"In our view of the matter, however, Ragan is distinguishable on its facts from the instant controversy and though we agree that Hanna governs, we need not here come to grips with the intriguing question as to whether Hanna overrules Ragan, a matter on which there is considerable difference of judicial thought." Id. at 448.
The Court went on to distinguish the Ragan rule from the facts before it. The Kansas statute relied on by the defendant was not an "integral" part of the Kansas statute of limitations. The Kansas statute defining commencement of actions was in the chapter on civil procedure and was not inextricably intertwined with the statute of limitations. The chapter entitled "Limitation of Actions" had no provision defining when and how commencement of actions would toll the statute of limitations. The Court summarized and concluded as follows:
"The narrow issue now to be resolved is whether we are prepared to hold that K.S.A. 60-203 [defining commencement of suit] is an `integral part' of K.S.A. 60-501 and 60-513(4) [statutes of limitation]. If we do so hold, then Ragan would control, assuming Ragan has not been modified, if indeed not overruled, by Hanna. As indicated, we need not here make that determination as in our view K.S.A. 60-203 is not under the circumstances an integral part of K.S.A. 60-501 and K.S.A. 60-513(4). . . . Rather, K.S.A. 60-203 is just what the Kansas legislature declared it to be, a statute setting forth a rule of civil procedure. So, it boils down to a determination as to whether a Kansas statute promulgating a rule of civil procedure as to when an action is commenced takes precedence in the federal courts over Fed.R.Civ.P. 3, with which it is in direct conflict. All of which brings into play the rule of Hanna." Chappell, at 449.
*245 The Oklahoma statute before the Court today is an integral part of the Oklahoma statute of limitations. 12 O.S.1971, § 97, defining commencement of suit, is codified in the chapter entitled "Limitation of Actions". Section 97 states that "an action shall be deemed commenced, within the meaning of this article, as to each defendant, at the date of the summons which is served on him . . ." (Emphasis added). The preceding sections in the article define the statute of limitations for various types of injuries. 12 O.S.1971, § 97 is an integral part of the Oklahoma statute of limitations and would bar this suit if Ragan is still the law.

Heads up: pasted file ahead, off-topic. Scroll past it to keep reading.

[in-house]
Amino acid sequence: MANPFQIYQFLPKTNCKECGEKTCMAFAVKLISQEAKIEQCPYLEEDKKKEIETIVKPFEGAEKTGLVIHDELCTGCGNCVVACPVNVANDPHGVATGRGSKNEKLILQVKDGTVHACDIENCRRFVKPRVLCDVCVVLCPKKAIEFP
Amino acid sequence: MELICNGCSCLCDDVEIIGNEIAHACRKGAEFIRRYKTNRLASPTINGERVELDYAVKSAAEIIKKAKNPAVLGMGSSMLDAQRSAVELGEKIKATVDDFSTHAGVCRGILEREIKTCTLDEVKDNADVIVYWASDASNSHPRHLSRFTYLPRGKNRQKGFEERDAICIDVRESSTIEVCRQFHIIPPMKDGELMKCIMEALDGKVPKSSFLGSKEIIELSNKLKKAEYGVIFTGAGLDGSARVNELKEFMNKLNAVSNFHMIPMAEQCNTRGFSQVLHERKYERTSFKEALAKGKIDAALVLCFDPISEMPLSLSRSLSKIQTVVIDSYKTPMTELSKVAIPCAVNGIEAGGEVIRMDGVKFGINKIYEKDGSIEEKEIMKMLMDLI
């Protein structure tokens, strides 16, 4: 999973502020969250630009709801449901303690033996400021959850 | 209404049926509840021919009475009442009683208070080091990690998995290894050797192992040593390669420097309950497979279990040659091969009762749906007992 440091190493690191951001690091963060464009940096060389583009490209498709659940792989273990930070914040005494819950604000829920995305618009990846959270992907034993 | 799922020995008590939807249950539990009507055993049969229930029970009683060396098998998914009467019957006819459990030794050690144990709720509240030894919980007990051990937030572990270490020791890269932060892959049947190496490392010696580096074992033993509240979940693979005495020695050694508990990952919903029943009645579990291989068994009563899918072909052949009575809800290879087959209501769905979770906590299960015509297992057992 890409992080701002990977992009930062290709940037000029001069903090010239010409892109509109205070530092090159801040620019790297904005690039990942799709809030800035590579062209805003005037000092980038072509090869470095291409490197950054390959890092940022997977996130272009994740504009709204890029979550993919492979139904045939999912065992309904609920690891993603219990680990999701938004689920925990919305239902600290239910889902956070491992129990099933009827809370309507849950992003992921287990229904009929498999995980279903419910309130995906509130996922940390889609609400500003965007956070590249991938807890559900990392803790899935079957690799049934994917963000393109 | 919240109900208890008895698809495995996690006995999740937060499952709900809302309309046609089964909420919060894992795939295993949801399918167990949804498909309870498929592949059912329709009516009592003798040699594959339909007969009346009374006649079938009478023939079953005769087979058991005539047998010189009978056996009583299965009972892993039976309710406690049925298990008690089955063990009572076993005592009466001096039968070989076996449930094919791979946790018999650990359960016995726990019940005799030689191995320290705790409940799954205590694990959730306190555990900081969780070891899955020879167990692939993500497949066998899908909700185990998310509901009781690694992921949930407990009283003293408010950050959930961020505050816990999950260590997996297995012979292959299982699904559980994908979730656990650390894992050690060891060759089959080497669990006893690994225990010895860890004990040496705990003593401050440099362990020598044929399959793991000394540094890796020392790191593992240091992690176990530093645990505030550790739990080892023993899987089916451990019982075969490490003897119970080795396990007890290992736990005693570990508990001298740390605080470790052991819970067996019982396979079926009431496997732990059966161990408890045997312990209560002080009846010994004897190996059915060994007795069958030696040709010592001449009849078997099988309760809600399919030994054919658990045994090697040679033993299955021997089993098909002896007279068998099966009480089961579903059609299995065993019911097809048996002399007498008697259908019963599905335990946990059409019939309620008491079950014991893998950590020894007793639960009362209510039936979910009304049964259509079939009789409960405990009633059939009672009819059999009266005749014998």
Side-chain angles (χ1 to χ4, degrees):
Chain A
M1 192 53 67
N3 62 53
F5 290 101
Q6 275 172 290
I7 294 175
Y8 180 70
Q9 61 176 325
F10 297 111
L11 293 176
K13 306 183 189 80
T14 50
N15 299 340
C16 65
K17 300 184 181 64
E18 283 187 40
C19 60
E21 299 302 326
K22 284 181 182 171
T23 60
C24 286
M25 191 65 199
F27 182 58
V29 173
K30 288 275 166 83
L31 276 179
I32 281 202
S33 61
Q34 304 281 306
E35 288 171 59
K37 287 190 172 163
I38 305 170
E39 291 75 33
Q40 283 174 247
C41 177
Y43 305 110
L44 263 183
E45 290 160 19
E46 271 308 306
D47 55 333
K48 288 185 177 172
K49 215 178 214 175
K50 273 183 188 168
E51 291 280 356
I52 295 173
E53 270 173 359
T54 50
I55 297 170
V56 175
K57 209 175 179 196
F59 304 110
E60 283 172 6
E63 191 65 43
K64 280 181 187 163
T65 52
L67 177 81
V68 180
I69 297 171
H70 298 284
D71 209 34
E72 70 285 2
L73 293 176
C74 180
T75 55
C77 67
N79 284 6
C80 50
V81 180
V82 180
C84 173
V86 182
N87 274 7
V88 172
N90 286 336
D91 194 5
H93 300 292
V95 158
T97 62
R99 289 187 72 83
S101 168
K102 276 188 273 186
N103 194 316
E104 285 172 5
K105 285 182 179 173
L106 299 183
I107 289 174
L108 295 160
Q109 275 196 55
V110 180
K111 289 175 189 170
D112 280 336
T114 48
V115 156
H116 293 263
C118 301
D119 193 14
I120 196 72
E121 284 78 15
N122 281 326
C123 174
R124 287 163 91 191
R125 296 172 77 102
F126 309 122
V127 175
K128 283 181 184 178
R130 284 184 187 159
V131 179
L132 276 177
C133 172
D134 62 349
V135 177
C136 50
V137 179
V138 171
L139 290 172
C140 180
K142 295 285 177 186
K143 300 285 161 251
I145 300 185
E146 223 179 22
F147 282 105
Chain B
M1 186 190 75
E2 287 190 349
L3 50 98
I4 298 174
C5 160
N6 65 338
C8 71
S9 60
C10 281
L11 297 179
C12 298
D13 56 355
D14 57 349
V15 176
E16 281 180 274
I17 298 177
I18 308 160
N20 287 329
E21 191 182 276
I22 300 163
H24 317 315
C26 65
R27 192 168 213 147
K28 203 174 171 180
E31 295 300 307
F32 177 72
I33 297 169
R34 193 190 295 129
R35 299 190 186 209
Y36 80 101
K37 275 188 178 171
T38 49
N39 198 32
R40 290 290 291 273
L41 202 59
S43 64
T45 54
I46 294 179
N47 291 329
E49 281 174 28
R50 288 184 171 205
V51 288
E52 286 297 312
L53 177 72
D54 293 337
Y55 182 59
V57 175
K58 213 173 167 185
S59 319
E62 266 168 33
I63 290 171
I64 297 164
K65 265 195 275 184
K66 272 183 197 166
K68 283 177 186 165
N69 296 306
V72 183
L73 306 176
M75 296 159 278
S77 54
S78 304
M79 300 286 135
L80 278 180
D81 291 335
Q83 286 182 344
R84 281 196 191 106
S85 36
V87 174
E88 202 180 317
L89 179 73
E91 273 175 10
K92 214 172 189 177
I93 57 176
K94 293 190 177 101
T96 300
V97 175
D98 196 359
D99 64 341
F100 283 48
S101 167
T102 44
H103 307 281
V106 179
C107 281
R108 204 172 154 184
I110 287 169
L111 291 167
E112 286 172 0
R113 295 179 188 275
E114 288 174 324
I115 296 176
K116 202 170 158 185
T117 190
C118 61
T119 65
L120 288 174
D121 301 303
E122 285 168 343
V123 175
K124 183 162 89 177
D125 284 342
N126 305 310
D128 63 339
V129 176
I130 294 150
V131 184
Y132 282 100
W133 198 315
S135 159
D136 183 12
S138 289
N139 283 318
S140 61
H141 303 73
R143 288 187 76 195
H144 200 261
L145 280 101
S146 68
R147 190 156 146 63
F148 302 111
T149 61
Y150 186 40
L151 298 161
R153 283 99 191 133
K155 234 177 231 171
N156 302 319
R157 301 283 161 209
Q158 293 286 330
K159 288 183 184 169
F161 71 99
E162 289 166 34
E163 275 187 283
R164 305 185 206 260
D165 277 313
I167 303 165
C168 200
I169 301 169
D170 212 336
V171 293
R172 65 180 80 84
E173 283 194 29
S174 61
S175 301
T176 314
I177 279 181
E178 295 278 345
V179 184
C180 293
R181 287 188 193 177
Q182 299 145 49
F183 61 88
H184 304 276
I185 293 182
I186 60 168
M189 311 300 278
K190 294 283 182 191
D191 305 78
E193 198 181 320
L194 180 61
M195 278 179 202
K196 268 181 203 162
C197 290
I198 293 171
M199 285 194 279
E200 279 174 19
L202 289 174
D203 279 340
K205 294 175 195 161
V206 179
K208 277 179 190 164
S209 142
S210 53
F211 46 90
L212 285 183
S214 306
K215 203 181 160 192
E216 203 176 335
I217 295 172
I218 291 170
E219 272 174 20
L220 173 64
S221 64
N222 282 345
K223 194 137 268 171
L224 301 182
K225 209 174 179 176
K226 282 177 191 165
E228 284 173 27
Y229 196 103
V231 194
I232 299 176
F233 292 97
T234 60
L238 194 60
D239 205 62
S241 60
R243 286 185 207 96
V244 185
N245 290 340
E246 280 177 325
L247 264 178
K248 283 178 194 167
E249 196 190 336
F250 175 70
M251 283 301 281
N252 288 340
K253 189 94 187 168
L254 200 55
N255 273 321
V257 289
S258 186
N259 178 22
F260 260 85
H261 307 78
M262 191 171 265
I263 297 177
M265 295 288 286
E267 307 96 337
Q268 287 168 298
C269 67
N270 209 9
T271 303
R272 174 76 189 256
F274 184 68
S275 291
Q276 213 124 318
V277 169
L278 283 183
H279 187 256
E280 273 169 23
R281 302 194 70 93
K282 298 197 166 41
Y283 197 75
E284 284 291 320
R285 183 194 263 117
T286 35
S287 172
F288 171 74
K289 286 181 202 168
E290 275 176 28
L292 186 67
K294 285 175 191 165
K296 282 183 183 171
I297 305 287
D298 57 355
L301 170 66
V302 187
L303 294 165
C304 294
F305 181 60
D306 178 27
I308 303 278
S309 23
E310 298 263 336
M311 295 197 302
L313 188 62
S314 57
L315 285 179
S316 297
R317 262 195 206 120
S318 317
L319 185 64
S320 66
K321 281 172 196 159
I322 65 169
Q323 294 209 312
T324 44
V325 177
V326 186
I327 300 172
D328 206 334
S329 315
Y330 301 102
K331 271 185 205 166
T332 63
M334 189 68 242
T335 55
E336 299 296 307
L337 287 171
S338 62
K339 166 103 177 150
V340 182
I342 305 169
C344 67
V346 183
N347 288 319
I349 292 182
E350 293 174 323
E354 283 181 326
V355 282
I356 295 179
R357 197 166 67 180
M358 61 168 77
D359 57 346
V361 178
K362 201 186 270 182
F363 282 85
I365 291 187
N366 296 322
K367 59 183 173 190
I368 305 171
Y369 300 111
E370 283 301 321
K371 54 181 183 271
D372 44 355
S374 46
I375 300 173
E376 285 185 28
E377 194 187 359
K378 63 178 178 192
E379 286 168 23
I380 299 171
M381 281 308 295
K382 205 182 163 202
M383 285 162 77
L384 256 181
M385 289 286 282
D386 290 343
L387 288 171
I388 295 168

Having no express ruling from the Tenth Circuit on the effect of Ragan on these facts, this Court is free to treat the question as one of first impression. The Court is persuaded that Hanna did not overrule Ragan. The United States Supreme Court has not been shy to overrule cases expressly, and the fact the Supreme Court not only did not overrule Ragan, but in fact distinguished it, in Hanna, persuades this Court that Ragan still controls. Even limiting Ragan to its facts, dismissal of this suit is required. The Oklahoma definition of commencement of actions is an integral part of the Oklahoma statute of limitations. The rule of Erie R. Co. v. Tompkins, 304 U.S. 64, 58 S. Ct. 817, 82 L. Ed. 1188 (1938) requires that in diversity cases, litigants in federal court receive no advantages over those in state court. To ignore the Oklahoma statute in question here would give plaintiff greater rights in federal court than he would receive in state court, a result not allowed after Erie.
Plaintiff's complaint, on its face, is barred by the Oklahoma statute of limitations and the Oklahoma definition of commencement of suit. Accordingly, defendant's Motion to Dismiss is granted, and plaintiff's complaint is, by this order, dismissed.